And let’s not forget that this latest embarrassment surrounding Flynn began with the Trump transition’s dismissal of Flynn’s son for pushing that fatuous “pizzagate” conspiracy, a fake news story claiming that members of the Democratic Party were tied to a child-sex ring. Propagated by right-wing websites, that looney tunes story actually led to a shooting in a D.C. area pizzeria.
How was it, as one reporter asked Spicer on Friday, that Flynn’s early failure to register as a foreign agent didn’t “raise a red flag?” His response? “It’s not a question of raising red flags. It’s the question of whether (Flynn’s lawyers) gave them (the transition team) advice they were supposed to, it’s not up to them to make decisions as to what you need to do or not do.”
Actually, that’s precisely the job of a vetting team. But the larger question is why Sean Spicer continues to defend his boss’s gross negligence in putting Michael Flynn, a man with epic bad judgment, in the same room as the military aide who carries the nuclear launch codes?
And here’s another question everyone in the media should be asking: why doesn’t Flynn’s duplicity focus a laser beam on the hypocrisy of two more Trump campaign promises: the first to issue a “lifetime ban against senior executive branch officials lobbying on behalf of foreign government(s)” and the second for “campaign finance reform” preventing “registered foreign lobbyist(s) from raising money in American elections.”
What meaning do those pledges have if the President’s spokesman just blows off the foreign lobby issue?
Now comes the biggest danger we may face – that this perpetual crisis of incompetence, corruption, fake news and frontal assaults on the media will create a normalized state of chaos – where ever more outrageous attacks on the truth and the stable democracy we seemed to enjoy until election day will began to exhaust us. Not just reporters whose job it is to “comfort the afflicted and afflict the comfortable,” but every American who wants nothing more than affordable health care, a safe place to raise their children and a chance to hit The Powerball.
I started investigatingtrump.com as a resource for other reporters and an archive of the history that’s being made every day with blinding speed. Now, as I research a book on the blackmail-like influence The Kremlin seems to have over the 45th president, I find myself identifying with Zeno of Elea, the Greek philosopher who lived between 490 and 430 B.C.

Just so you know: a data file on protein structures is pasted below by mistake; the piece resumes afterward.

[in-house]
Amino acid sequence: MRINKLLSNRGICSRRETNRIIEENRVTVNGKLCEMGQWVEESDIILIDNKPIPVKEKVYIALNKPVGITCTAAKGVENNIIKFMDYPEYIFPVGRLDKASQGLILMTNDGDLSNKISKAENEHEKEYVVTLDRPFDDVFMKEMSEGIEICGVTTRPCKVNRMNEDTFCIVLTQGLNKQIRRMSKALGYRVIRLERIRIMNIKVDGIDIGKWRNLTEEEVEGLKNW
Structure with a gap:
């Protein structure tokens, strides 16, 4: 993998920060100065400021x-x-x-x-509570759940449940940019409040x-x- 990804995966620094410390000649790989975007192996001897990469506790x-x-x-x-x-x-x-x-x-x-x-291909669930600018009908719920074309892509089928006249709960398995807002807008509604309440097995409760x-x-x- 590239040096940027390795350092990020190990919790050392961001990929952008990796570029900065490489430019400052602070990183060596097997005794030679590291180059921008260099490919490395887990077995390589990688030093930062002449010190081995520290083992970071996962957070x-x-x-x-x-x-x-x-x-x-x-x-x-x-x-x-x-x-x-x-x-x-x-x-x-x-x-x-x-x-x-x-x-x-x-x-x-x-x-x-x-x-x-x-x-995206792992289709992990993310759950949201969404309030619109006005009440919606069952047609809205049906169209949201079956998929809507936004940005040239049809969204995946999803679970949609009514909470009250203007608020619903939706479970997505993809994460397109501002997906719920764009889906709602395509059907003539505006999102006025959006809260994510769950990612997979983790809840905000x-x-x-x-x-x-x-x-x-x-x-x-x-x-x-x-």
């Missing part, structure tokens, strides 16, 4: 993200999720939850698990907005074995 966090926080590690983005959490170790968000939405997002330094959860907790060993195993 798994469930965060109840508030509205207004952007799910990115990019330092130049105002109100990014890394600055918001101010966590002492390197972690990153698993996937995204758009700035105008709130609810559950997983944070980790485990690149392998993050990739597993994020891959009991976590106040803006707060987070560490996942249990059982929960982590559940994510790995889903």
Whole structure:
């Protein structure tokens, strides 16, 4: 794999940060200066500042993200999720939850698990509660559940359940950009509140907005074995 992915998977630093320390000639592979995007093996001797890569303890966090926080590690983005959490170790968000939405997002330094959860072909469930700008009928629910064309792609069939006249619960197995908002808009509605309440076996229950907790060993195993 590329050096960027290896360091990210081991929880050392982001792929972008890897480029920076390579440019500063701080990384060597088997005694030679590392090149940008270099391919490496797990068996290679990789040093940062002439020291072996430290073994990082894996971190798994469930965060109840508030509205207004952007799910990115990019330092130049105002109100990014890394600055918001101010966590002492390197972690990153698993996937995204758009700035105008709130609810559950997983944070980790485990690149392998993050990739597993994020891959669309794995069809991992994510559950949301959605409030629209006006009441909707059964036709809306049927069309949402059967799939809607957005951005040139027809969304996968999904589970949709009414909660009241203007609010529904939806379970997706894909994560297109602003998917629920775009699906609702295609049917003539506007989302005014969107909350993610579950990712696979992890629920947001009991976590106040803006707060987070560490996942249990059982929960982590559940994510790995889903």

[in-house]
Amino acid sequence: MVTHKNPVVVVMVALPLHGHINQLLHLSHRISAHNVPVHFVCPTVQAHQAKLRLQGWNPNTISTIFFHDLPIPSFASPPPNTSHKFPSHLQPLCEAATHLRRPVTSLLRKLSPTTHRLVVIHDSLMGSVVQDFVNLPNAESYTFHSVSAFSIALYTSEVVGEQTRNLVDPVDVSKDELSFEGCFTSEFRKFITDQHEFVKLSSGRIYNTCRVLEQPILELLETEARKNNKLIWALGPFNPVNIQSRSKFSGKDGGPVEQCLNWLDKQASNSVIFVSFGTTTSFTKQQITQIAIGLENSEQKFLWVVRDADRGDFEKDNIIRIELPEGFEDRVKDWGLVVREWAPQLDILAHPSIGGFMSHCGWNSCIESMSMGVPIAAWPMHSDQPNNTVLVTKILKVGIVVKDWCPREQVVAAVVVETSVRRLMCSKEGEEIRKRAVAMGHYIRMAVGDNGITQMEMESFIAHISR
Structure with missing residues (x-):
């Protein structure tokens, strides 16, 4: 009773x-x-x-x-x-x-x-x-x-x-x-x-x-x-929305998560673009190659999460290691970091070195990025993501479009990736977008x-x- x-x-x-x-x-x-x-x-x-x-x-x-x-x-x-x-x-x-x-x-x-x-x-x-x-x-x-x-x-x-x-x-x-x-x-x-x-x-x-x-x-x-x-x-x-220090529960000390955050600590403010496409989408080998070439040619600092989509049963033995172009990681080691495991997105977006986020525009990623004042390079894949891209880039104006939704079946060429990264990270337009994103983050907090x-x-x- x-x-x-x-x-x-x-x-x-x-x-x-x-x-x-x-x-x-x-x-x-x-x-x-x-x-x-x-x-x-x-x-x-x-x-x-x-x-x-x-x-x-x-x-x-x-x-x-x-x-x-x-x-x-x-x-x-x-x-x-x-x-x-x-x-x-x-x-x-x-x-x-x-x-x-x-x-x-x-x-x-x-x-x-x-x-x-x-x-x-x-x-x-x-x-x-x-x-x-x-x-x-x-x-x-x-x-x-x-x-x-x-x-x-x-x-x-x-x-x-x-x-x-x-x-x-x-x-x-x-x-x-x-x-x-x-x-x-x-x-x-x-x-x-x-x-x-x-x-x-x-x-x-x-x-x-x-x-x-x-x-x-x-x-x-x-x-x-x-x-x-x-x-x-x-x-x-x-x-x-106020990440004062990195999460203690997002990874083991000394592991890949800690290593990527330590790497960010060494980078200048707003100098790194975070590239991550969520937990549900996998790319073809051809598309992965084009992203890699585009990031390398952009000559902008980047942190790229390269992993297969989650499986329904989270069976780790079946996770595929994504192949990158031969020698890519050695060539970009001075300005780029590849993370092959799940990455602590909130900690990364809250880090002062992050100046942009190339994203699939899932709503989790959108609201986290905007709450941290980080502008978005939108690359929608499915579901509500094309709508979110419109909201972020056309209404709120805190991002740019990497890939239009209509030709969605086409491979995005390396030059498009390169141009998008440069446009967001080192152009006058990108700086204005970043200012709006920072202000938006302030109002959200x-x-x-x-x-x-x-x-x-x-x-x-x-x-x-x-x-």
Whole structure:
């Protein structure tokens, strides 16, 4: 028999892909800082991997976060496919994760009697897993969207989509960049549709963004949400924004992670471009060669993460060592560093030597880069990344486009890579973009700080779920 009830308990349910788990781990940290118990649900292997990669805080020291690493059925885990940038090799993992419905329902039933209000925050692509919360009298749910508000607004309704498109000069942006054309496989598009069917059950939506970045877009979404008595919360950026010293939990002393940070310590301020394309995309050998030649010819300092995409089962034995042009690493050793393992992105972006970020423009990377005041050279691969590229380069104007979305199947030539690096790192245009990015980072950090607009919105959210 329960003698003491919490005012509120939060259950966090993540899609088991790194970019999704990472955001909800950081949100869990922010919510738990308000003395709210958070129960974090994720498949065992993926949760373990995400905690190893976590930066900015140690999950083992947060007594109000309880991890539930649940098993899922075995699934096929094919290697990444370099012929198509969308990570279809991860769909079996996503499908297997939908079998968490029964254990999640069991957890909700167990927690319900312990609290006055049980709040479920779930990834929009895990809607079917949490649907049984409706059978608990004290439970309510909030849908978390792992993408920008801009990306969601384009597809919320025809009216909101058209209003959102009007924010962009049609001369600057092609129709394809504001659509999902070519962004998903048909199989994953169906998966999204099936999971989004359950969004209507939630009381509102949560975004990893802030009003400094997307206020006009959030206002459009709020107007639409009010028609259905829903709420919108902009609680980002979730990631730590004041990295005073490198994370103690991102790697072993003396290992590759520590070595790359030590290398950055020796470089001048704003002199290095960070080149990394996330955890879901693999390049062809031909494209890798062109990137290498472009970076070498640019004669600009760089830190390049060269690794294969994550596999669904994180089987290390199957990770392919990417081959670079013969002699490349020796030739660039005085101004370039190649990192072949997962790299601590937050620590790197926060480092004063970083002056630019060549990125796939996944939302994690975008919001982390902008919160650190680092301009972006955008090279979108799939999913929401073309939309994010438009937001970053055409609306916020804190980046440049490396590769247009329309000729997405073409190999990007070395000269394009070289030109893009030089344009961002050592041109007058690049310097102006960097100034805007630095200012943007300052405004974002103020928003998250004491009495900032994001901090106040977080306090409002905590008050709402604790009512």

Best known for his paradoxes, like the one that famously involved Achilles in a race with a tortoise, Zeno hypothesized that despite what we perceive through our senses, motion or a forward trajectory is just an illusion.
In an exercise in “overthink” he reasoned that by perpetually dividing the distance between two points, we would never arrive at our destination.
Aristotle credited Zeno with creating the dialetic, the method he used for discovering truth. But the dialectic was later hijacked by Marx & Engels to forge what became the official philosophy of Soviet Communism – the premise that historical and political events are the product of social forces in conflict, prompted by material needs.
That’s exactly where we find ourselves now: a nation in what seems like an endless series of arguments with rigid forces unwilling to compromise. The oldest democracy on earth watches as the scourge of nationalism creeps across Europe and into our homeland and the principal winner seems to be Vlad Putin, the ex-KGB hood my research suggests, installed Donald Trump in The White House.
It’s that same shit storm of lies, Tweets, conflations and bungling that explains how most of the Mainstream Media missed the Flynn/Turkey/conflict back in the fall. Simply put: Donald Trump overwhelms.
WHAT CAN WE DO ABOUT IT?
We can retreat into our tortoise shells and hide under the covers waiting for Kim Jong-un to crash our missile defense system with a space-based nuclear blast. We can continue to deny, as the MSM keeps doing, that our local voting systems are impervious to hack. Or we can remember the words of Corporal Hicks (Michael Biehn) from the second incarnation of Alien in 1986: “Hey, I know we’re all in strung-out shape, but stay frosty and alert. We can’t afford to let one of those bastards in here.”
Some might argue that one of those bastards already got in. So now, more than ever, this is not the time to get tired; particularly the reporters whose job it is to pound away at the president and congress until the truth behind all of this corruption is laid bare.
The good news is that each day more pieces of the puzzle reach the surface. We learn more about the President’s conflicts of interest and the troubling connection between his surrogates and Russia’s role in the most shocking victory in U.S. electoral history.
With each broken campaign promise we come to see Donald Trump for who he really is. More Americans who slept through civics as school kids are engaging in the political process. The news networks who gave wall-to-wall coverage to the candidate’s airport rallies, as he denigrated their own reporters, are now showing some spine.
Like everyone else, there are moments in my day when I feel blitzed by the overload. Then The Times or The Post or The AP breaks a story like the one on Wednesday and I get my game back.
With two of the three branches of government controlled by the GOP and the third about to swing in their favor if Trump gets his way on the Gorsuch nomination, there was never a time when we needed the oversight of the media more. So I’m going to keep writing, populating the website with the best reporting I can find and connecting as many of the dots as possible.
To paraphrase the Dos Equis campaign, “Stay frosty my friends.”